Photo Credits: Lee Wexler

New York, NY, USA

Columbia Law School and the Broadway Advocacy Coalition

Summer 2021 - Summer 2022

- Curriculum Design & Facilitation
- Script Writing and Performance
- Audience Engagement

Theater of Change + Broadway Advocacy Coalition

In January 2019 I was invited by the Broadway Advocacy Coalition to contribute to a winter semester course at Columbia Law School with a group of professional artists working in Broadway and community engaged theater professions. The course, called “Theater of Change: Building the Capacity for Impact through Artistry, Law, and Artivism", was a collaboration with the Center for Justice and the Bronx Defenders. While in the course, I worked with a cross-disciplinary group of law students, artists and community advocates directly impacted by education and criminal justice disparities to build socially engaged theater with clear policy goals.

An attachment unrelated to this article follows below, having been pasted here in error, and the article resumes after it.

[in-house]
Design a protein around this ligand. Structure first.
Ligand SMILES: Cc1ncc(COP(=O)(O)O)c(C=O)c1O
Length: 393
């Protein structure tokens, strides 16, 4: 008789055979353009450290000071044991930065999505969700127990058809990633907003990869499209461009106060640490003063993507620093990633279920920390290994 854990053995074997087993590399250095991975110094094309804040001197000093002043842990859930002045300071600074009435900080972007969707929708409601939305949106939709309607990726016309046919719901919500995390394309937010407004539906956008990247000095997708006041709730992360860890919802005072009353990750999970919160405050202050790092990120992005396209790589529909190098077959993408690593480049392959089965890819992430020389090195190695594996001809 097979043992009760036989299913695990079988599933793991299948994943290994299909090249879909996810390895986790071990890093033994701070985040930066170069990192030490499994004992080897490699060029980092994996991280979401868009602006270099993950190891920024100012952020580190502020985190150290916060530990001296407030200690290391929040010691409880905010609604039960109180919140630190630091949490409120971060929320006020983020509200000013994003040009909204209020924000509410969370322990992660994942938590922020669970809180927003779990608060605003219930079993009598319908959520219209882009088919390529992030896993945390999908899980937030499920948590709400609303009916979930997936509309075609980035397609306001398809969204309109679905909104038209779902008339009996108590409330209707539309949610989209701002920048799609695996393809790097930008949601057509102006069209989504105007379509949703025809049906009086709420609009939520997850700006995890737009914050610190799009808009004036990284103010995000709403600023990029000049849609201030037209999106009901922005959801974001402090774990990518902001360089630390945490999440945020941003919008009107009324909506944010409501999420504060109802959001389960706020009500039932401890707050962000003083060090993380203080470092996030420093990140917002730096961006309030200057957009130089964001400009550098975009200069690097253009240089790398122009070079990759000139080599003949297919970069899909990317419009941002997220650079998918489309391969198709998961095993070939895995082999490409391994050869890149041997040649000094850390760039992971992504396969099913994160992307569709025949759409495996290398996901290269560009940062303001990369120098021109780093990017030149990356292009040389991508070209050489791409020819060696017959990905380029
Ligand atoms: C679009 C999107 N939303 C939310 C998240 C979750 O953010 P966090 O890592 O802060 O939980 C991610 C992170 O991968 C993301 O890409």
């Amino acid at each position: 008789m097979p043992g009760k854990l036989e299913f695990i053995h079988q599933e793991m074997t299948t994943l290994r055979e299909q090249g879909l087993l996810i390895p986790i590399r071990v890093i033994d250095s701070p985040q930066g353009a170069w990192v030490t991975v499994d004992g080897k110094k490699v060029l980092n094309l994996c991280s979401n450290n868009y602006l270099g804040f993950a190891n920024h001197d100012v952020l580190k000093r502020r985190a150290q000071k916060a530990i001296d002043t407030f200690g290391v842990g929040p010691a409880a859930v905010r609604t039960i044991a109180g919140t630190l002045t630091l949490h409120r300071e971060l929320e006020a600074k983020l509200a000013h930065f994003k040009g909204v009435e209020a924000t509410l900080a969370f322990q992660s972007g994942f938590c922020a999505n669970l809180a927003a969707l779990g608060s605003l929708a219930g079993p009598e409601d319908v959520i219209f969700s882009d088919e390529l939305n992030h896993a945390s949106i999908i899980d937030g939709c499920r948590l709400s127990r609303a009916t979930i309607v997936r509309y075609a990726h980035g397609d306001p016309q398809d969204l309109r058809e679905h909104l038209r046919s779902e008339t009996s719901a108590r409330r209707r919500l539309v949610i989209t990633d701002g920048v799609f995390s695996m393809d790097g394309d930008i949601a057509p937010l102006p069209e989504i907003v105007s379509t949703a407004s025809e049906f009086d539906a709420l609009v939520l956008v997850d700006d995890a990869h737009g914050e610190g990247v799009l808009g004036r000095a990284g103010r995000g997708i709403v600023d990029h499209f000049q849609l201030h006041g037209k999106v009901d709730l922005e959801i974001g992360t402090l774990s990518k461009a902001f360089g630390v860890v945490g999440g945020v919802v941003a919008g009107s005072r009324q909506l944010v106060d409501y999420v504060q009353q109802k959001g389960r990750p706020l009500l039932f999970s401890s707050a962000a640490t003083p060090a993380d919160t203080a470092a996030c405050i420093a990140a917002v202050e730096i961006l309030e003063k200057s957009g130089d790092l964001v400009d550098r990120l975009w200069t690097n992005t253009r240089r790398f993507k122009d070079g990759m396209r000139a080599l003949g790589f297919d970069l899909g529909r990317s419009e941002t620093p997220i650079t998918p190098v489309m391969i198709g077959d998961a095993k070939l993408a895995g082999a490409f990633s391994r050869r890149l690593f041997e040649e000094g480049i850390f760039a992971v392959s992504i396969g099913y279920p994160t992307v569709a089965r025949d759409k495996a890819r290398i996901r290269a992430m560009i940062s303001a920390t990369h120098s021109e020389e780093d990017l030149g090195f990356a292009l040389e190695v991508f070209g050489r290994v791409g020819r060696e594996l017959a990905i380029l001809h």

After that, as a Member of the Broadway Advocacy Coalition, from October 18-20, 2019, I co-led the "Theater of Change Forum" at Columbia Law School. The policy areas of focus at the Forum included education equity, parole and re-entry, community economic development, and political participation of formerly incarcerated people. I supported the structure of the Forum at large, developed curriculum and co-led a group of 30 people through an intimate “collab” focused on community economic development with Esther Fuchs and Britton Smith. Our community partner was STRIVE New York. We focused on policies in workforce development, creating four performances and arts-engagement strategies to support STRIVE’s efforts.

The Forum brought people with experience on all sides of these social issues to the table: community advocates with frontline experience in the criminal-legal system, law and policy students and experts, and theatre artists. Participants collaborated as equal partners to create performance pieces that have an engagement strategy to target specific areas and policies. The Broadway Advocacy Coalition aims to center directly impacted individuals, their communities and their lived experiences in policy discourse and decision-making. This leads to empathy-driven policies.